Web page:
Ibrahim Hananu Exits the Scene

Ibrahim Hananu was dying of tuberculosis. He never wavered in his opposition to a French-imposed constitution or treaty and he led the veteran nationalists by force of will, but younger activists were more impatient. A group of mostly younger men organized a secret meeting of nationalist activists in August 1933 in the Lebanese mountain town of Qurnayil, above Beirut. The young radicals criticized what they saw as the ineffectual efforts of the older generation, but in their radical pan-Arab aspirations, they did admire a few among their elders, especially Yasin al-Hashimi and Shakib Arslan.

The activists agreed to form a new group they called cUsbat al-cAmal al-Qawmi, or the League of National Action. Damescenes were probably overrepresented, but there were members from most of the larger cities of Greater Syria and a prominent few from Baghdad. According to Philip Khoury, their average age was 29, and they had experienced the Great War as children or teenagers. They grew to adulthood during the emergence of the mandates and the revolts of the 1920s.80 Few had been educated in Ottoman schools, and fewer still had been Ottoman politicians or military officers. In time they came to reluctantly, and temporarily, join forces with the older, more compromising, exOttoman politicians of the National Bloc.

The New High Commissioner, Damien de Martel, arrived in Beirut in October 1933. Two weeks later, in early November, the National Bloc staged a large demonstration and called for closure of the bazaar in commemoration and protest of the Balfour Declaration. In Aleppo, Ibrahim Hananu refused to follow his Damascene comrades and argued that demonstrations would needlessly provoke the new High Commissioner. Hananu wished to give de Martel a chance to negotiate from a clean start. Months earlier, Hananu had forced Jamil Mardam Bey, the one National Bloc member of the cabinet, to resign, when High Commissioner Ponsot attempted to break National Bloc ranks and get the Franco-Syrian Treaty signed. Hananu traveled to Damascus to personally see that the slippery Jamil Mardam Bey resigned from the government.81 Hananu arranged a march in honor of Mardam Bey to preserve the fiction that his resignation had been based on the principled opposition of the unified Bloc, rather than party arm-twisting.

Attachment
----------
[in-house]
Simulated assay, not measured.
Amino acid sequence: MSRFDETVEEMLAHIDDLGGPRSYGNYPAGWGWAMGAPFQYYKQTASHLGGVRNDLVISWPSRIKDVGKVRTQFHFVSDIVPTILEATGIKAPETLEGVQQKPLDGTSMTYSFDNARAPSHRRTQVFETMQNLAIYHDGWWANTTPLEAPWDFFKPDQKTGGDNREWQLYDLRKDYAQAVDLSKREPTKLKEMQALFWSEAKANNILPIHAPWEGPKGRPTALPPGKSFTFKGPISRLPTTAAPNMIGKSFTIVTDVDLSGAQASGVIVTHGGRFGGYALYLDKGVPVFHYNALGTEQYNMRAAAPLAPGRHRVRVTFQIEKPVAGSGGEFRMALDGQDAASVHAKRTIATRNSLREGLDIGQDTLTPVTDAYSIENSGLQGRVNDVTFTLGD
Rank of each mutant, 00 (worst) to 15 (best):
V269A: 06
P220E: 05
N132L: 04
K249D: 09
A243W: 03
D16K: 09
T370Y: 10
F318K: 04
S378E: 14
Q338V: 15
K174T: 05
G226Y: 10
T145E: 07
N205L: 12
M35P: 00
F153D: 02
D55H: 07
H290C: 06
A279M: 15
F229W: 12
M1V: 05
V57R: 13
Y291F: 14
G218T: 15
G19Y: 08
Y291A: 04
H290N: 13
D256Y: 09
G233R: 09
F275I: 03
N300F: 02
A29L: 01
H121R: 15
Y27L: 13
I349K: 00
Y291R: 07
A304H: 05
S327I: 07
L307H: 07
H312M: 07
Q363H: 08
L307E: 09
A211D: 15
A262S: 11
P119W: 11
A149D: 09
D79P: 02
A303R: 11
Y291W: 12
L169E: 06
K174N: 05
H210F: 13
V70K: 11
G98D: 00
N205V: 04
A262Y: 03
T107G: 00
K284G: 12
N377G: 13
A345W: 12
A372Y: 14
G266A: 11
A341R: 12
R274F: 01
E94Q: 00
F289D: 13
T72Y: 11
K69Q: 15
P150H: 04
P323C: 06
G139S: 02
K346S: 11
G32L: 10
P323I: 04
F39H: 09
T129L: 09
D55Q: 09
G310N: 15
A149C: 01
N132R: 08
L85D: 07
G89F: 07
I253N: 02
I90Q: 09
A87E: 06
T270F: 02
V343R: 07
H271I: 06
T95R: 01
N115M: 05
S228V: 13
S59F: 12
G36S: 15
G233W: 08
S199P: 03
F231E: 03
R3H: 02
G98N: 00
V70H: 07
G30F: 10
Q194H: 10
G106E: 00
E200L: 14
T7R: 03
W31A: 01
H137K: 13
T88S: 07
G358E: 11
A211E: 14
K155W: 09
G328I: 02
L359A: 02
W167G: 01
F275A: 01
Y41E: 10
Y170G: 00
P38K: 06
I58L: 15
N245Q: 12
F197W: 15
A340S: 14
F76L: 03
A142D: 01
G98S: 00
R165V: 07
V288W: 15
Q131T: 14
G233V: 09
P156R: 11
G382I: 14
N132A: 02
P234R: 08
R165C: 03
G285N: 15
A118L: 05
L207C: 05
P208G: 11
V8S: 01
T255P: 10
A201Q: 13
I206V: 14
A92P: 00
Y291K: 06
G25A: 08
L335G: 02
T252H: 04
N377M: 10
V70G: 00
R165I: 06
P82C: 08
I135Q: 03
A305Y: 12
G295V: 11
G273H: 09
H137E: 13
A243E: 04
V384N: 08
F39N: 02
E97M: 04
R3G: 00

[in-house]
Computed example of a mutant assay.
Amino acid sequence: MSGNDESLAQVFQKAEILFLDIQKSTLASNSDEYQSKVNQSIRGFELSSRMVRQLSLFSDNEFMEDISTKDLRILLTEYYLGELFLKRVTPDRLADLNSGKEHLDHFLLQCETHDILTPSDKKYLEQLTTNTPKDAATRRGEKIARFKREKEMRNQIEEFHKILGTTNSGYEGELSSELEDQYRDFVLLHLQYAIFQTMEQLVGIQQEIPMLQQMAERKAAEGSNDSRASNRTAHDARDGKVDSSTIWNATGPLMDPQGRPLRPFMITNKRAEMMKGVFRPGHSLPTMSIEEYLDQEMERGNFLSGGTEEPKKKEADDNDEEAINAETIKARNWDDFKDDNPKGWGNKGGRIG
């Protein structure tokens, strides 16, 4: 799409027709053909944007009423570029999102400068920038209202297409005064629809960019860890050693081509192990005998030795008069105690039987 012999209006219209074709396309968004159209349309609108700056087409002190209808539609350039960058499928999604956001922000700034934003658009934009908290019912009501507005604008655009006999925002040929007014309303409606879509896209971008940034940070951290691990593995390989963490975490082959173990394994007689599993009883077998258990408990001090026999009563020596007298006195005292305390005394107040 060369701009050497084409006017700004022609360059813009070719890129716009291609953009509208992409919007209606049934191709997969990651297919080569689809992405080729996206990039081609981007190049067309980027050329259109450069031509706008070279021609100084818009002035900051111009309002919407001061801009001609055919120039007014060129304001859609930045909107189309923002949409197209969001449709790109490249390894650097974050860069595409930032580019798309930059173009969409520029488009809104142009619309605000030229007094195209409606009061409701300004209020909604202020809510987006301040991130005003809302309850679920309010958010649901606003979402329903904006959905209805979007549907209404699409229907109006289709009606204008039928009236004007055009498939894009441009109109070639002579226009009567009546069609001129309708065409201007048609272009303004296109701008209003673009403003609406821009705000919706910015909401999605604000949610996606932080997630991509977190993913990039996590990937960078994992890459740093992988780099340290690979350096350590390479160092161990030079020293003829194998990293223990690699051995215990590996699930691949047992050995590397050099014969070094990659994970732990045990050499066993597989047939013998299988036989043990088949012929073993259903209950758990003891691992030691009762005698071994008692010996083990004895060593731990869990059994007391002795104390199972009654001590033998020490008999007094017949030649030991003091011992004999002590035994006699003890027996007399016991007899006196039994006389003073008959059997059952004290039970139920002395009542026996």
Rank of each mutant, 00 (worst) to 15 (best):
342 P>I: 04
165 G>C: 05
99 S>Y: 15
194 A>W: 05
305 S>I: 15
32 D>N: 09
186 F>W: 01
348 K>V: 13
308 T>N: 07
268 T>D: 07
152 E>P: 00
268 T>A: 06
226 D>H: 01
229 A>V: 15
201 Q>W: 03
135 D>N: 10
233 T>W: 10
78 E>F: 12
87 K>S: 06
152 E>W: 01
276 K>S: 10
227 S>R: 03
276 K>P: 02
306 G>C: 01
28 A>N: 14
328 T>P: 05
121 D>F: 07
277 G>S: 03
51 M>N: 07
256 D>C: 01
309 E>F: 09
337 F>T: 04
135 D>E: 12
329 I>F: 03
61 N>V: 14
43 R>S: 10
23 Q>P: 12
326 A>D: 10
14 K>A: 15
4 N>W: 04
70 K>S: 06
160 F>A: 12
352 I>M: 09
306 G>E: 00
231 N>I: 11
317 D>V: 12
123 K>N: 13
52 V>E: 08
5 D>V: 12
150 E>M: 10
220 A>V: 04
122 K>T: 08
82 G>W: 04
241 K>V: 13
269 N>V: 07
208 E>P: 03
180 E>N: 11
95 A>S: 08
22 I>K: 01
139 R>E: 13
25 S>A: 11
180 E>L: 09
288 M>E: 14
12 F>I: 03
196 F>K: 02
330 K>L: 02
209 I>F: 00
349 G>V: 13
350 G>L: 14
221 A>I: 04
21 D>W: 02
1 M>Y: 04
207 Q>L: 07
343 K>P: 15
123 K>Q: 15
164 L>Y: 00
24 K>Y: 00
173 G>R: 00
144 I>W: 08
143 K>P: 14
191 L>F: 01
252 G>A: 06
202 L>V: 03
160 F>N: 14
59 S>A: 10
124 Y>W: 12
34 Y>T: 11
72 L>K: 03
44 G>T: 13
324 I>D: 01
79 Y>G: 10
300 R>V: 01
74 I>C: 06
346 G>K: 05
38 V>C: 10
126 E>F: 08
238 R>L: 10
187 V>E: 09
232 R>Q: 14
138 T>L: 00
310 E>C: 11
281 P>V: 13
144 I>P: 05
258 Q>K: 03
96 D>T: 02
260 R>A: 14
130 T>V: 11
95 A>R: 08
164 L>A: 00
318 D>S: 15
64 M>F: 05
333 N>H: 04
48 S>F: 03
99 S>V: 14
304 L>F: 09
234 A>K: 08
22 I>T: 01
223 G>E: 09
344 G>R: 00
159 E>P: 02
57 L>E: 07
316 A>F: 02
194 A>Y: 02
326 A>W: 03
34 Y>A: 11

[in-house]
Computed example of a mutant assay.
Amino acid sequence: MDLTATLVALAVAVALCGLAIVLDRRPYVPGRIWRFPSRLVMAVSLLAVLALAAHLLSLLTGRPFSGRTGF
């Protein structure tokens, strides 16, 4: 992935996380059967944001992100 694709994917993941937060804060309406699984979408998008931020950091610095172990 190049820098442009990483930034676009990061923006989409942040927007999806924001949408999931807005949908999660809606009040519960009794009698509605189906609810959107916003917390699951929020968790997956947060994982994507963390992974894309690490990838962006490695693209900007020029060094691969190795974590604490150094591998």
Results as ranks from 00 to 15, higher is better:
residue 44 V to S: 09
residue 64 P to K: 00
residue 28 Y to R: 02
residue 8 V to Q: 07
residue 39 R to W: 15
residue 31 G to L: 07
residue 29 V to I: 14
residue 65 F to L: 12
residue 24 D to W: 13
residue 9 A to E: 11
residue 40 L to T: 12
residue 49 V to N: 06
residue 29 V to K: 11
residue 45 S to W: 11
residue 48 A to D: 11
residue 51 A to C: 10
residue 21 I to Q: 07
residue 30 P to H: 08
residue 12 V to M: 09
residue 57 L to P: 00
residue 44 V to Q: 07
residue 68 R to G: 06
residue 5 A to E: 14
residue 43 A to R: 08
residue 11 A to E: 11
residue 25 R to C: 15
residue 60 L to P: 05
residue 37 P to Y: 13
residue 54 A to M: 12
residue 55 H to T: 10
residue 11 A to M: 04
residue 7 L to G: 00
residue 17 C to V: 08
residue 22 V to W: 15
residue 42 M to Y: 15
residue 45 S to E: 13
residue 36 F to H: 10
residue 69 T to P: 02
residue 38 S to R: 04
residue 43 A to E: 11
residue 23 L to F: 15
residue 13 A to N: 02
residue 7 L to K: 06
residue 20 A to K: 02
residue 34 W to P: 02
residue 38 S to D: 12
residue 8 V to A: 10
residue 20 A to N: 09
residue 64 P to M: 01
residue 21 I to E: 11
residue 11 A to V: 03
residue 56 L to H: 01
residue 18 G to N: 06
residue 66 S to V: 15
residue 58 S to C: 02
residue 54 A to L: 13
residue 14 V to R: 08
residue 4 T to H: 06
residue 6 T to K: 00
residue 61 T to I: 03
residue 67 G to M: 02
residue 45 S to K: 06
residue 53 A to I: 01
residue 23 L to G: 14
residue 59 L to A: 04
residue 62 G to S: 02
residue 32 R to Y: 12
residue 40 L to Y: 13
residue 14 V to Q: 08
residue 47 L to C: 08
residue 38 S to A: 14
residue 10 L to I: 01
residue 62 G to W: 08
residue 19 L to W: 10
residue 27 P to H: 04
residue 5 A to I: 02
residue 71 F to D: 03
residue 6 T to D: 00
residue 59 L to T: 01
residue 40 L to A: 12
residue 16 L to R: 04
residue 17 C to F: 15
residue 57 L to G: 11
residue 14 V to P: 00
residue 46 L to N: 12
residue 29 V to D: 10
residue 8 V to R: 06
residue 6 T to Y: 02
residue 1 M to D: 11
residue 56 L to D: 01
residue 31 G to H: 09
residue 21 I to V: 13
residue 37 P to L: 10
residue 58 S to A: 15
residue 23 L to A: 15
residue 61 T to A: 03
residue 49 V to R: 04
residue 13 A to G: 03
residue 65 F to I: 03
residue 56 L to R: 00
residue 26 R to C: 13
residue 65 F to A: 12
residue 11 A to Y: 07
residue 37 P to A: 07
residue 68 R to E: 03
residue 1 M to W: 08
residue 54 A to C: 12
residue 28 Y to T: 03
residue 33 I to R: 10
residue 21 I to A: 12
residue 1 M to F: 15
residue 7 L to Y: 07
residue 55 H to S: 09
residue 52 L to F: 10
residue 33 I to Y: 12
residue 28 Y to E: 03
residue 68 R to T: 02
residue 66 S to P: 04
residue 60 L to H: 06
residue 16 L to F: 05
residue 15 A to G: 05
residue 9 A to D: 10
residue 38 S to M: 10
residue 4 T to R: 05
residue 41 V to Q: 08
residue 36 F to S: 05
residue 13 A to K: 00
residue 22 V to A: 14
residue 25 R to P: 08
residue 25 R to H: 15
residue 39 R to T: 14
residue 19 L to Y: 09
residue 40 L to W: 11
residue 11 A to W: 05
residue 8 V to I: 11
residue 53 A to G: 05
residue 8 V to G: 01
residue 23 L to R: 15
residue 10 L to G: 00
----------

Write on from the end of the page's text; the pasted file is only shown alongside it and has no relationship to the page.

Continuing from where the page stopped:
As High Commissioner, De Martel tried a different tactic from Ponsot. President Muhammad cAli al-cAbid and Prime Minister Haqqi al-cAzm still led the government. They were two of the richest men from the two most prominent families in Damascus, and posed no threat to the High Commissioner’s program. Both had made their peace with the mandate regime immediately after the occupation in July 1920. As major owners of commercial, industrial, and agricultural property, their politics reflected their economic interests and they opposed any type of confrontation with the mandate power. De Martel persuaded Haqqi al-cAzm, the prime minister, to quietly sign the Franco-Syrian Treaty on November 16.

The Syrian parliament convened to vote on the treaty a week later. Mandate officials had attempted to buy votes in favor of the treaty and had posted armed guards for the purpose of security and intimidation. Bloc members took their seats in parliament for the vote, and managed to bend the body to their will. The parliament voted to reject the treaty and the High Commissioner suspended parliament for four months starting in late November 1933.82 High Commissioner de Martel left Beirut and returned to Paris for a long vacation and further instructions before the end of the year.